Cognitive Bias: How Your Mind Plays Tricks on You and How to Overcome That - Deepstash
Behavioral Economics, Explained

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Behavioral Economics, Explained

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Cognitive biases

Cognitive biases

...are common thinking errors that harm our rational decision-making.

We don't always see things as they are. We don't simply glean information through the senses and act on it; instead, our minds give that info their own spin, which can sometimes be deceptive.

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Optimism Bias

Is our tendency to overestimate the odds of our own success compared to other people's. 

Overly optimistic predictions can be dangerous, leading us to waste time and resources pursuing unrealistic goals. In the real world of business, things don't always work out for the best, and it serves us well to know when conditions are not on our side.

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How to control the optimism bias

  • Be skeptical of your own rosy expectations for your work. 
  • Assume projects will be more difficult and more expensive than you initially think they will. 
  • Don't trust your good ideas to manifest through positive thinking - be ready to fight for them.
  • Trust the numbers. Numbers are firm but fair, and getting intimate with your business's cash flow can help you make more rational decisions.

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Negativity Bias

Is the tendency to change our thought processes and behaviors more because of negative things than we do because of neutral or positive things.

How to control it: Track your wins: record objectives attained, new ideas realized, and positive effects your work has had on the lives of others.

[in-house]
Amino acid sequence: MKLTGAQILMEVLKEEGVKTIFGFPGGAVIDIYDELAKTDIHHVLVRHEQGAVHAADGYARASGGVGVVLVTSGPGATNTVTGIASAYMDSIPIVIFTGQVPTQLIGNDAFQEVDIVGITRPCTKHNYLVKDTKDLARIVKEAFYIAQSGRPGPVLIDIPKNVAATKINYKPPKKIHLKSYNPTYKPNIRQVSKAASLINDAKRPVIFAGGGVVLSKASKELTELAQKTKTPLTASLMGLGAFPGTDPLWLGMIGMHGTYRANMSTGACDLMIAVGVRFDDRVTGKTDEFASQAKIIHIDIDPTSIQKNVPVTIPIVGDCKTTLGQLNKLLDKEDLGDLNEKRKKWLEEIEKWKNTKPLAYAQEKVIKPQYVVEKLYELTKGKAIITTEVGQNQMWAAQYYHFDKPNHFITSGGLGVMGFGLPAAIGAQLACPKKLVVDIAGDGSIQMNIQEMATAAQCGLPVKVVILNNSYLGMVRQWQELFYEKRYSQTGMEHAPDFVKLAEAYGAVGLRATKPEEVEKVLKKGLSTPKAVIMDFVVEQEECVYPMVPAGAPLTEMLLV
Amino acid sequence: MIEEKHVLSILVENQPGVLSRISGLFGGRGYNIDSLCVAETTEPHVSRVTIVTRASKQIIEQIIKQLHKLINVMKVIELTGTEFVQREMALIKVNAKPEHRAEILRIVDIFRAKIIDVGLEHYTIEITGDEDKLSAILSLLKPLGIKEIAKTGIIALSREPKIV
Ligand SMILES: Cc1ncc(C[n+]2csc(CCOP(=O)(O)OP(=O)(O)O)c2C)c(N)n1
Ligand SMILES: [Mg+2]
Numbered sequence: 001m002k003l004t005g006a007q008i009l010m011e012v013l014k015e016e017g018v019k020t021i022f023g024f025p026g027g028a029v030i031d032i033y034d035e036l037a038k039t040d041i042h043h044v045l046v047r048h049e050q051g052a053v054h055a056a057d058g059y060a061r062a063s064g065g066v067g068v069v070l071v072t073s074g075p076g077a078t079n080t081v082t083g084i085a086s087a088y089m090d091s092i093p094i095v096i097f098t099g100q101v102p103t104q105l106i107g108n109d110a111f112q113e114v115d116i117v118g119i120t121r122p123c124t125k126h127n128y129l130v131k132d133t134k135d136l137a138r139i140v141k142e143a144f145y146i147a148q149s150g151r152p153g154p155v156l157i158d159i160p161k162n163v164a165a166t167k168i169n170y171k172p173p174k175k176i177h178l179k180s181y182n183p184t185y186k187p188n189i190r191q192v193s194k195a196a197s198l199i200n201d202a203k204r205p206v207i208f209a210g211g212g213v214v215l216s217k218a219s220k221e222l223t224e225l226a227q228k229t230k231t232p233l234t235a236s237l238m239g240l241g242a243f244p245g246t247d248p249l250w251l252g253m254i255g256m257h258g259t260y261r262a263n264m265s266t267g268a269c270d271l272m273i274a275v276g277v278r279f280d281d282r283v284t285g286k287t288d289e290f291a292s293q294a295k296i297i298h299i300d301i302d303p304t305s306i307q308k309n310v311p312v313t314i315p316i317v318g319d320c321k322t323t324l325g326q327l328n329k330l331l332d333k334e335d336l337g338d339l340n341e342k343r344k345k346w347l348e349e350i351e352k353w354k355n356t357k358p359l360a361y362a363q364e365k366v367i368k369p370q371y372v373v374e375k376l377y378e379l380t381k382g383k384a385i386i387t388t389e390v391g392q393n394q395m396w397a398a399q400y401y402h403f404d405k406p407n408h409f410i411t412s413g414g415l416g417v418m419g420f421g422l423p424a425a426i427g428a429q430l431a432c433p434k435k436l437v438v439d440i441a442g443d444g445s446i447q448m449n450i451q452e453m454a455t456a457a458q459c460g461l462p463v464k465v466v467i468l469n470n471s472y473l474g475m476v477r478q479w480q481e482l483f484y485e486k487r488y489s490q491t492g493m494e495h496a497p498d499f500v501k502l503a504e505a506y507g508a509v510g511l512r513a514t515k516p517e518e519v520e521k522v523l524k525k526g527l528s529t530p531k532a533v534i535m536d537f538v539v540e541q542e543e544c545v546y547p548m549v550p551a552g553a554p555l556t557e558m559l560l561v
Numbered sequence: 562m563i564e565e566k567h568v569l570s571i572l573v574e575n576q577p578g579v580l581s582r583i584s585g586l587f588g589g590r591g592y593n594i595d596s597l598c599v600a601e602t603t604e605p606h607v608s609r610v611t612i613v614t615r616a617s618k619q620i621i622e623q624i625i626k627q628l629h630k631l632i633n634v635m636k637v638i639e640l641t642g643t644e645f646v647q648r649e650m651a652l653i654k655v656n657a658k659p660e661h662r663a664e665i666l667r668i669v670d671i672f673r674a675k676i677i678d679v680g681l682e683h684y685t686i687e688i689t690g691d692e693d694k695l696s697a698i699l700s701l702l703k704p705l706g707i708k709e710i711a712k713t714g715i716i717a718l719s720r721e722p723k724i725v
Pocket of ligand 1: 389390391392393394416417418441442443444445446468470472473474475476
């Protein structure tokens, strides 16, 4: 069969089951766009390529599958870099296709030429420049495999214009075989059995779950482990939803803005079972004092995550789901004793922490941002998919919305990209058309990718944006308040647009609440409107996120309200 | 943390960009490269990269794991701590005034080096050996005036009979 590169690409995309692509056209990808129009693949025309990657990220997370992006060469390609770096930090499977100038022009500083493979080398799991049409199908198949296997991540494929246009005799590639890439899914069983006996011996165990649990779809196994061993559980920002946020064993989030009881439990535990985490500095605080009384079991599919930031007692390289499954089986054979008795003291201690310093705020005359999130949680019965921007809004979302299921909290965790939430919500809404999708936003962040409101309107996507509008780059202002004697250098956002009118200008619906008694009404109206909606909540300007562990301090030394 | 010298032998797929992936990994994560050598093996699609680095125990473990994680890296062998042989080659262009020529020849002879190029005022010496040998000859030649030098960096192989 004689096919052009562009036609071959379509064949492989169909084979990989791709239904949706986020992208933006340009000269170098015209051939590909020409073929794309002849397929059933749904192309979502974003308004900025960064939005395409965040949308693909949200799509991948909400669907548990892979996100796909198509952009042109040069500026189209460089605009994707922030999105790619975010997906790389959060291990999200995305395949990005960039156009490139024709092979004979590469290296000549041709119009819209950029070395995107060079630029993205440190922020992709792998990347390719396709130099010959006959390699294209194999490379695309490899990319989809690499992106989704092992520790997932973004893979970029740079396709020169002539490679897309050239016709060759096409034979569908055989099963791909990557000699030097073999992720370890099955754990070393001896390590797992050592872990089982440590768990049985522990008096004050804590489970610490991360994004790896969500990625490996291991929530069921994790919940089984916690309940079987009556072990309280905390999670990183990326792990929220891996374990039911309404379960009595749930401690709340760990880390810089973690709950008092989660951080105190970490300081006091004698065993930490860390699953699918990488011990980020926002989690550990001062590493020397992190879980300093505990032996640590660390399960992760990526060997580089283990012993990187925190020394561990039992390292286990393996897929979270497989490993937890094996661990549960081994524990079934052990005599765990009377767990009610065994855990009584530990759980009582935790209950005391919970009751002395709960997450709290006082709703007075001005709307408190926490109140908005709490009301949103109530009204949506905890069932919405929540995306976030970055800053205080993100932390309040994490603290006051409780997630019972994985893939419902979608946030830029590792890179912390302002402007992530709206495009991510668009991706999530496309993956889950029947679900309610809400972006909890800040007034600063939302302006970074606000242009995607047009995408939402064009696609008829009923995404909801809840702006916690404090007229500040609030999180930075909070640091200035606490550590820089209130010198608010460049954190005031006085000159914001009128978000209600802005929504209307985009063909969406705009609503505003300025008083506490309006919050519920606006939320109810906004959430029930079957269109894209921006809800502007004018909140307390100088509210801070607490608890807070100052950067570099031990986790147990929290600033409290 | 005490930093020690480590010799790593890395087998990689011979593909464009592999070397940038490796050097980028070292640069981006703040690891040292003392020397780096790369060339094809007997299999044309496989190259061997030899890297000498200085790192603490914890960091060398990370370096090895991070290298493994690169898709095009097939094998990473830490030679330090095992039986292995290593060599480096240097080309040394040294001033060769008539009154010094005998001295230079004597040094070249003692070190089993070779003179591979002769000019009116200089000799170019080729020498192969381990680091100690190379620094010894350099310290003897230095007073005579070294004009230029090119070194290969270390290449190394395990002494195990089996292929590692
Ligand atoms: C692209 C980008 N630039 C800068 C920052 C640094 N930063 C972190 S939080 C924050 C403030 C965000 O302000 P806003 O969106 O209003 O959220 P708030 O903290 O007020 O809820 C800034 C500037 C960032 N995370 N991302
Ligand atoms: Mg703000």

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Confirmation Bias

Is the tendency to focus on new information that confirms pre-existing beliefs and trivialize anything that might challenge those beliefs. 

How to control it: Seek out information that goes against your pre-existing beliefs.

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Sunk Cost Fallacy

It describes our tendency to commit to something just because we've already invested resources in it—even if it would be better to give up on it.

How to control it: Always reevaluate your processes in light of new evidence.

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Anchoring Effect

Is the tendency to privilege the first information we encounter, even when subsequent information turns out to be more relevant or realistic.

How to control it: Because the anchoring effect can give you blinders for specific metrics, be sure that you're always reviewing data from new angles.

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The IKEA Effect

Is why we get attached to things when we had a hand in creating them. 

It echoes the sunk cost fallacy: We're not prioritizing the object/project as much as we are the resources we've put into it.

The IKEA effect is easy to put to good use at work. You can do it for yourself by getting deeper in the weeds of the project you're a part of.

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Goal Gradient Effect

It explains why we work harder to achieve our goals when they're most closely in sight: At work, you might notice that you and your coworkers sprint toward a project's finish line once you can see the light at the end of the tunnel.

How to control it: Visualize your work in ways that allow you to see how far you have to go.

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Cognitive Miser Theory

We tend to put the least amount of effort possible into problem-solving. 

We are apt to minimize cognitive effort and save our strength for when it's most needed. If we're not consciously engaged with the details, we're likely to take any shortcut that presents itself.

How to control it: Mindful and deliberate choices about how we apply our mental effort can help us establish patterns that eliminate friction and emphasize our strengths.

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